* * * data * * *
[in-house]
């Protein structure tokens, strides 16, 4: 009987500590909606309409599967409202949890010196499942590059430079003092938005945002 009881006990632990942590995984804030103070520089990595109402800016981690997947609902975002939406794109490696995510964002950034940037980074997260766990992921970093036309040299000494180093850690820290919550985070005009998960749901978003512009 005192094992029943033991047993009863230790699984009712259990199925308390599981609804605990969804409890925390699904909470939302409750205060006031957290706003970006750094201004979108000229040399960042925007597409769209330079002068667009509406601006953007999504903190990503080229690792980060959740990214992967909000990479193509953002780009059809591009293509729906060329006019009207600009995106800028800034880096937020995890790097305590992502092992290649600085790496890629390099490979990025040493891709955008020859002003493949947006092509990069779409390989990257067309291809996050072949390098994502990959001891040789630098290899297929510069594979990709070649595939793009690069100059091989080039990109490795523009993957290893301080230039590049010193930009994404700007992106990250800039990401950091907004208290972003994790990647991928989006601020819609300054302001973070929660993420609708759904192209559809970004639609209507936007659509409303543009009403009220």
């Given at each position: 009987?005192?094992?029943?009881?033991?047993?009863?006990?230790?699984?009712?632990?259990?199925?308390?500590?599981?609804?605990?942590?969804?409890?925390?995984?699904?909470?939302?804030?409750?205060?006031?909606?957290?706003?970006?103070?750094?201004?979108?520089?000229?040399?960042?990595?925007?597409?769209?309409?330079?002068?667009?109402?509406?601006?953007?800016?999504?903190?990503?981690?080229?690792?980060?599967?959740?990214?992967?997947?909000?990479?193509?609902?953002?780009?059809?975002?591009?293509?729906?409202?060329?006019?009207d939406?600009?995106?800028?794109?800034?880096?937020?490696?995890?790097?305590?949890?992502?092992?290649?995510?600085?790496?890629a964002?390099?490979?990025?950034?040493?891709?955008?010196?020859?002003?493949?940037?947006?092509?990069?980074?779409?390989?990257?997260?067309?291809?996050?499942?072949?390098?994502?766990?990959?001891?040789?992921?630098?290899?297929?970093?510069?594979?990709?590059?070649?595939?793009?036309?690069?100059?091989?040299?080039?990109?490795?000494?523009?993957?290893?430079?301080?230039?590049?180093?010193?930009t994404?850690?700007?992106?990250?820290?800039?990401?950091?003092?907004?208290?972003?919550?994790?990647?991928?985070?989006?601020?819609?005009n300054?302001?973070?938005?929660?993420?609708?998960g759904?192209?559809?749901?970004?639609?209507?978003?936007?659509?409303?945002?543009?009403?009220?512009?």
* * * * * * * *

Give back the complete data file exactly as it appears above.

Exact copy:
[in-house]
């Protein structure tokens, strides 16, 4: 009987500590909606309409599967409202949890010196499942590059430079003092938005945002 009881006990632990942590995984804030103070520089990595109402800016981690997947609902975002939406794109490696995510964002950034940037980074997260766990992921970093036309040299000494180093850690820290919550985070005009998960749901978003512009 005192094992029943033991047993009863230790699984009712259990199925308390599981609804605990969804409890925390699904909470939302409750205060006031957290706003970006750094201004979108000229040399960042925007597409769209330079002068667009509406601006953007999504903190990503080229690792980060959740990214992967909000990479193509953002780009059809591009293509729906060329006019009207600009995106800028800034880096937020995890790097305590992502092992290649600085790496890629390099490979990025040493891709955008020859002003493949947006092509990069779409390989990257067309291809996050072949390098994502990959001891040789630098290899297929510069594979990709070649595939793009690069100059091989080039990109490795523009993957290893301080230039590049010193930009994404700007992106990250800039990401950091907004208290972003994790990647991928989006601020819609300054302001973070929660993420609708759904192209559809970004639609209507936007659509409303543009009403009220």
């Given at each position: 009987?005192?094992?029943?009881?033991?047993?009863?006990?230790?699984?009712?632990?259990?199925?308390?500590?599981?609804?605990?942590?969804?409890?925390?995984?699904?909470?939302?804030?409750?205060?006031?909606?957290?706003?970006?103070?750094?201004?979108?520089?000229?040399?960042?990595?925007?597409?769209?309409?330079?002068?667009?109402?509406?601006?953007?800016?999504?903190?990503?981690?080229?690792?980060?599967?959740?990214?992967?997947?909000?990479?193509?609902?953002?780009?059809?975002?591009?293509?729906?409202?060329?006019?009207d939406?600009?995106?800028?794109?800034?880096?937020?490696?995890?790097?305590?949890?992502?092992?290649?995510?600085?790496?890629a964002?390099?490979?990025?950034?040493?891709?955008?010196?020859?002003?493949?940037?947006?092509?990069?980074?779409?390989?990257?997260?067309?291809?996050?499942?072949?390098?994502?766990?990959?001891?040789?992921?630098?290899?297929?970093?510069?594979?990709?590059?070649?595939?793009?036309?690069?100059?091989?040299?080039?990109?490795?000494?523009?993957?290893?430079?301080?230039?590049?180093?010193?930009t994404?850690?700007?992106?990250?820290?800039?990401?950091?003092?907004?208290?972003?919550?994790?990647?991928?985070?989006?601020?819609?005009n300054?302001?973070?938005?929660?993420?609708?998960g759904?192209?559809?749901?970004?639609?209507?978003?936007?659509?409303?945002?543009?009403?009220?512009?």